Q: What's new in whey proteins?A: Today's food formulators can select from a universe of specialty whey proteins that have been modified or processed to provide unique functional and nutritional properties in food systems.
For example, Monroe, Wis.-based Glanbia Nutritionals produces Thermax® 690, a whey protein that stands up to heat. This whey protein isolate is stable in low-acid aseptic and retort beverages at protein concentrations of 10% or more. While typical whey proteins might gel and precipitate, this ingredient yields a clear beverage that looks very appealing in glass or clear plastic containers.
Food manufacturers that want to increase the per-serving protein level in high-heat-pasteurized drinks or foods can also look to Leprino Foods, Denver. Leprino's new Temp Pro™ 80 is ideal for beverages, having been formulated to withstand the high heat of ultra-high-temperature (UHT) and retort processes previously limited to other, more expensive proteins and isolates. This ingredient also works well in other UHT-processed foods such as puddings, sauces and yogurts, as well as in high-acid foods and beverages.
Some whey processors have developed new ingredients by adjusting the levels of fat, protein or carbohydrates in traditional ingredients. Agri-Mark/Cabot, Montpelier, Vt., now offers a whey protein concentrate with 85% protein on a dry basis (WPC85) and slightly lower lactose than a typical WPC80. This ingredient is ideal for use in nutrition bars and allows bar manufacturers to optimize protein.
Another option for food manufacturers is whey proteins that are higher in phospholipid content, including active nutritional components such as immunoglobulins, sphingolipids and conjugated linoleic acid. Trega Foods, Little Chute, Wis., has developed a higher-phospholipid product, Isochill™ 6000, which is well suited for emulsified and processed foods, frozen desserts, cheeses and sauces, and aerosol sprays in which creaminess and soft texture are important. These valuable whey phospholipids are isolated by selective filtration techniques, and a proprietary cold process preserves both phospholipids and minor whey proteins.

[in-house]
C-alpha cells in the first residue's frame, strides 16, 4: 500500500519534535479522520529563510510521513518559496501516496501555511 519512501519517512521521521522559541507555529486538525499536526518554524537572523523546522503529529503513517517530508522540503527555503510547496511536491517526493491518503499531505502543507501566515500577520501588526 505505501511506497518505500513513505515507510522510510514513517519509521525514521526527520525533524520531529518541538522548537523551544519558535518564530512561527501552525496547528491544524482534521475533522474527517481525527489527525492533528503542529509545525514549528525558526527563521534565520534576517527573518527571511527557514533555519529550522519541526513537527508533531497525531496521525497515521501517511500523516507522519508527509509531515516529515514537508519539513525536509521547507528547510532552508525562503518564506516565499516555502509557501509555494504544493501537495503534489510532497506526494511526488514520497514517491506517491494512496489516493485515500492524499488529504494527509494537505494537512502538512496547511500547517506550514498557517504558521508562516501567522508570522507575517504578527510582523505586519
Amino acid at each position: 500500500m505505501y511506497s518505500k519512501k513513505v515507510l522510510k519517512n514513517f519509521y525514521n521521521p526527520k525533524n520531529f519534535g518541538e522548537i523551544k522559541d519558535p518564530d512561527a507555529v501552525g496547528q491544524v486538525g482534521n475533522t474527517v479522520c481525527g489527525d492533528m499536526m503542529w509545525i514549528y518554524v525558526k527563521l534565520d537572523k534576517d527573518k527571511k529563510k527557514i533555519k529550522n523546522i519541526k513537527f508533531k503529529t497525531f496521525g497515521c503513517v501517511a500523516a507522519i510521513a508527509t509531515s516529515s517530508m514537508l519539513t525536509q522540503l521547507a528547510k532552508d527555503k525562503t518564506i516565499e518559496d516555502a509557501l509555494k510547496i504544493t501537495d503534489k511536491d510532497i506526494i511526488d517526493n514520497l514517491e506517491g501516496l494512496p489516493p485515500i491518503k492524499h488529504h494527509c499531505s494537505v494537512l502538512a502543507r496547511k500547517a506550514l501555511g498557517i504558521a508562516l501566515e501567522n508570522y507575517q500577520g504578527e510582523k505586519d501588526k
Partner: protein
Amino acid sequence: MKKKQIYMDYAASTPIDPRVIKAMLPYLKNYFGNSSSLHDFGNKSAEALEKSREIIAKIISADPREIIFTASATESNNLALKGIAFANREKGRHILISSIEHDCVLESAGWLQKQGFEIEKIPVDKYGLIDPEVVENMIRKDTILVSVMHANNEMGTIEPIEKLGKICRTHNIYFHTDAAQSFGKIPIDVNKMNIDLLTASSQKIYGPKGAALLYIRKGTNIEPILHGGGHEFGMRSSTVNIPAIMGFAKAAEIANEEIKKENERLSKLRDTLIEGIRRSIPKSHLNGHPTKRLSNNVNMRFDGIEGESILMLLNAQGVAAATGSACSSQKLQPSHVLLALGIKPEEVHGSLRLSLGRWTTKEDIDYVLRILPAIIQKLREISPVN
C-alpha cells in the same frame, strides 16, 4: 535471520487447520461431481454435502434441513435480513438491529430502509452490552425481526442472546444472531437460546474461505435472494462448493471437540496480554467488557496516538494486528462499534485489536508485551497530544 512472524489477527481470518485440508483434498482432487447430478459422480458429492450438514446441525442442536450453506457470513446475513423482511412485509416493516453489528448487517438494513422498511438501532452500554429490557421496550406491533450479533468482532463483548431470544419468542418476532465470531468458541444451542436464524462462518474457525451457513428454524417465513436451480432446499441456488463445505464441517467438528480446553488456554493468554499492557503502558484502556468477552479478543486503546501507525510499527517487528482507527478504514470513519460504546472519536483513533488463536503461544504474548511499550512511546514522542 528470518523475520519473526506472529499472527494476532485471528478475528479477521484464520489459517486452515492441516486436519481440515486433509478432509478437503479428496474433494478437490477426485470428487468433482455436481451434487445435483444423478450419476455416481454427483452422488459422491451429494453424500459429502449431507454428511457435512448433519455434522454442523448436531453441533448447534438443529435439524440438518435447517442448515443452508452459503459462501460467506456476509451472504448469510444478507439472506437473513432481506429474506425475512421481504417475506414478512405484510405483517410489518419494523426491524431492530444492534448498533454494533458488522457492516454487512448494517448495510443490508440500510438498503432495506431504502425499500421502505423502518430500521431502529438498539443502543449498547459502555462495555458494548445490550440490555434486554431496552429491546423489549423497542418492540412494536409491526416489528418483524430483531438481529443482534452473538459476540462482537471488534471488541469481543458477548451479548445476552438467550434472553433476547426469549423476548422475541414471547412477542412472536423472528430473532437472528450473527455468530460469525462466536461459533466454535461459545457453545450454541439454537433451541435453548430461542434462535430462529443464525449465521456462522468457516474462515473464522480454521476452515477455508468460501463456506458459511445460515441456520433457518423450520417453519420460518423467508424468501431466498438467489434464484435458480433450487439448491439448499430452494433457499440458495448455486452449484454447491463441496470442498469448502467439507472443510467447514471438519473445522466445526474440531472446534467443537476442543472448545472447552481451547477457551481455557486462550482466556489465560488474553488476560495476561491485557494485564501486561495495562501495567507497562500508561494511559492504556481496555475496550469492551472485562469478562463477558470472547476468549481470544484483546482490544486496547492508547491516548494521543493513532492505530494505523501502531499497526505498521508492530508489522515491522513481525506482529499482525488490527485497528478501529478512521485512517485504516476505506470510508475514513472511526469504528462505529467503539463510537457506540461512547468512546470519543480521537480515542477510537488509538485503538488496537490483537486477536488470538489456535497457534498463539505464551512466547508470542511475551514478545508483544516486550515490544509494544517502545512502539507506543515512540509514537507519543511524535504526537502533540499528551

Some suppliers have learned to control the viscosity and water-binding properties of whey proteins. Grande Bravo® 510 is an extension to the line of functional whey proteins developed by Grande Custom Ingredients Group, Lomira, Wis., specifically for use in cheese sauces. This whey ingredient also provides increased freeze/thaw stability.
Another whey protein product that derives functionality through partial denaturation is Hilmar Ingredients 8610 whey protein concentrate. The Hilmar, Calif.-based company reports that this ingredient can be used in lower-carbohydrate baking to replace flour, as it binds more water and results in an improved dough consistency.
Enzymatic hydrolysis is a proprietary process that cleaves protein bonds at selected sites to yield specialty whey peptides. Protient Inc., St. Paul, Minn., produces Protient Prolong 90™, a 90% protein powder that does not draw moisture away from other ingredients in a nutrition bar. The result is a bar with a soft consistency that is maintained throughout the bar's shelflife.
Hydrolyzed whey proteins may also offer nutritional advantages in the area of cardiovascular health, according to Davisco Foods, Eden Prairie, Minn., which offers a line of BioZate® hydrolyzed whey proteins. The company says the ingredient offers documented improvements in multiple cardiovascular risk factors, including blood pressure and cholesterol. BioZate has food emulsification and foaming properties, which may be beneficial in nutritional beverages or shakes.
Several of the dairy research centers supported by America's dairy farmers are exploring the properties of native proteins. These soluble proteins are separated from milk before cheesemaking. Initial research shows that these native proteins may offer improved solubility and heat stability. Further research is exploring whether isolating these proteins in their native state will minimize potential changes to their bioactive properties.